Obama's Afghan Strategy Examined

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— President Obama said Tuesday that the 30,000 additional troops for Afghanistan will deploy in the first part of 2010, warning that global security was at stake. Matthew Continetti, associate editor of The Weekly Standard, and E.J. Dionne, columnist for The Washington Post, offer their insight.

MICHELE NORRIS, host:

And I'm joined once again by our regular political contributors. Matt Continetti is an associate editor at The Weekly Standard. E.J. Dionne is a columnist for The Washington Post and a senior fellow at the Brookings Institution. The president spoke for less than 40 minutes. I think we were told that he would speak between 40 and 45 minutes. It was a very somber speech, very serious. And listening, what was the one line or phrase that stands out for you? Or was there one phrase that is memorable?

Mr. E.J. DIONNE (Columnist, The Washington Post; Senior Fellow, The Brookings Institution): Well, I don't think any particular phrase stood out to me. And it seemed, in fact, that kind of speech. It was much more I'm doing this dutifully 'cause I have to do this, 'cause I'm commander in chief. His heart isn't in this the way it's in guaranteeing everybody health care.

What struck me was the passage where, you know, the one I've been thinking of is the Goldilocks passage not too right, not too left, but just right. Where he said, no, we can't look at this as Vietnam. We have a vital stake there. No, we can't just keep it the way it is 'cause it's a mess, but I'm not going to nation build. And even if it makes some of the neocons unhappy, I am going to suggest that there is a kind of exit strategy.

He's trying to find a middle ground. And the question is: Does a middle ground exist on Afghanistan? He's clearly going to get hit by the hawks for insufficient commitment, 30,000 instead of 40,000 that McChrystal asked for, although he's probably going to get five or 8,000 more from the allies. And the doves aren't going to like this at all, because they didn't want to send these troops in.

I still think he bought himself some time. I think he's got that 18 months to show he can turn this around. But it's going to be very difficult. It was a courageous decision because I don't think a lot of people on either side are going to be enthusiastic about it.

NORRIS: So, Matt, E.J. is saying he's got 18 months to turn it around, how are we going to measure success? What are we going to need to see if within 18 months he can say the ball has moved. You know, this has worked. We can start to bring the troops home. The Afghans can stand up on their own.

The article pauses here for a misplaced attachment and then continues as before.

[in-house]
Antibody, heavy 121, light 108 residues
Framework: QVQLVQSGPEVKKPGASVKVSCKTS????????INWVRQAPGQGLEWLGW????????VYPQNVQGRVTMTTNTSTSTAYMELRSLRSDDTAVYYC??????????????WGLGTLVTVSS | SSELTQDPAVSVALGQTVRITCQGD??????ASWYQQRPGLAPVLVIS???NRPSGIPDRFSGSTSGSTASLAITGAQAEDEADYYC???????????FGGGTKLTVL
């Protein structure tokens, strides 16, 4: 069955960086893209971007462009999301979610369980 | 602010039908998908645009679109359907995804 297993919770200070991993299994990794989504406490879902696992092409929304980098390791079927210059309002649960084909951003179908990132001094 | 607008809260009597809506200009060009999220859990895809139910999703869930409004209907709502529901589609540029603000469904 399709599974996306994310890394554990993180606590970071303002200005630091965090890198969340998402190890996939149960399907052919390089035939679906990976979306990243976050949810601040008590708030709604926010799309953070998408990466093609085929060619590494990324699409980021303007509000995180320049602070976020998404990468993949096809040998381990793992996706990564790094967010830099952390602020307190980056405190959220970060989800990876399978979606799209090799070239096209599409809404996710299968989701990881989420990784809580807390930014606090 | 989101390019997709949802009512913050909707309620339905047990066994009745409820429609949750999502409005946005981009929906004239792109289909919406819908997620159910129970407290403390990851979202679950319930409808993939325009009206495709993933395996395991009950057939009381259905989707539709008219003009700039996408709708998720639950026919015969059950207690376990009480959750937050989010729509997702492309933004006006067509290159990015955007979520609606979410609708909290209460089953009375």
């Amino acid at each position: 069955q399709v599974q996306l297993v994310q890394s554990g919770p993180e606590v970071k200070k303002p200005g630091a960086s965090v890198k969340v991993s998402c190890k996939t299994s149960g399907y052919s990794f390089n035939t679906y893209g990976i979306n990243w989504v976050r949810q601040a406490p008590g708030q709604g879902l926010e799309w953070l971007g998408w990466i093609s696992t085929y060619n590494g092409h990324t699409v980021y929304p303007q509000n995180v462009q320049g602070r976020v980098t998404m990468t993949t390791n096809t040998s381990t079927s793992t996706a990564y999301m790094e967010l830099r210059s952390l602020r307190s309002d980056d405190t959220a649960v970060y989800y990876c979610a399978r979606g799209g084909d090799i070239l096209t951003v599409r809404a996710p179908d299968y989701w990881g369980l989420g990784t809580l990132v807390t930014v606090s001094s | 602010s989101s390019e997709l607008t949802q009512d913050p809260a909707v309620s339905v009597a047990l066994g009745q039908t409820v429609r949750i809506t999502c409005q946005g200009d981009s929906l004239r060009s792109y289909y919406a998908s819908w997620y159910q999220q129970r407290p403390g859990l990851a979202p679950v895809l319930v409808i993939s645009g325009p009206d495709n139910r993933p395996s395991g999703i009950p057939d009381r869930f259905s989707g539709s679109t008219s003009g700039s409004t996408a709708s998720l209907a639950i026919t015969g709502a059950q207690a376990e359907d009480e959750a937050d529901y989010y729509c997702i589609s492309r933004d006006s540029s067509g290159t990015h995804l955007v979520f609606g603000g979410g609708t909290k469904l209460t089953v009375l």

Mr. MATT CONTINETTI (Associate Editor, The Weekly Standard): Right. He didn't get into many hard metrics in this speech, but I think you're going to be what we'll see in terms of results if things go according to plan, famous last words in wartime, of course, is you're going to see declining numbers of attacks. You're going to see a feeling of security among the people.

The line that struck me, of course, from the speech was when Obama said the one nation he wants to build is our own. And I think that's the line in the speech that he really passionately believes in. Unfortunately, he's put in this situation where he has to win this war. And so I think, I hate to be a cynic, but the reason why that 2011 number is out there is because he understands that the very next year will be plunged into a presidential contest.

NORRIS: He has to win this war. We don't have a lot of time. But what is winning this war mean? Does it mean vanquishing al-Qaida or just getting -Afghanistan's, you know, stable enough that the U.S. can pull out?

Mr. CONTINETTI: It means bringing Afghanistan to a place like we have in Iraq now, where we have a relationship with the government. We can begin to leave that country and leave it relatively secure.

Mr. DIONNE: It means the Taliban losing ground instead of gaining ground. It means Pakistan continuing to fight the Taliban and al-Qaida in Pakistan. And it means at least building up.

If not, the national government, then some local governments that can begin to assume authority. The whole idea, counterinsurgency, is you hand off power to somebody. Right now there's no good somebody to hand off power to in Afghanistan and that's a big problem for them and for us.

NORRIS: E.J. Dionne, Matt Continetti, I'm so glad that you were both with me tonight.

Mr. DIONNE: Well, we were happy too.

Mr. CONTINETTI: Thank you.

NORRIS: E.J. Dionne is a columnist for The Washington Post and a senior fellow at the Brookings Institution. Matthew Continetti is an associate editor at The Weekly Standard.

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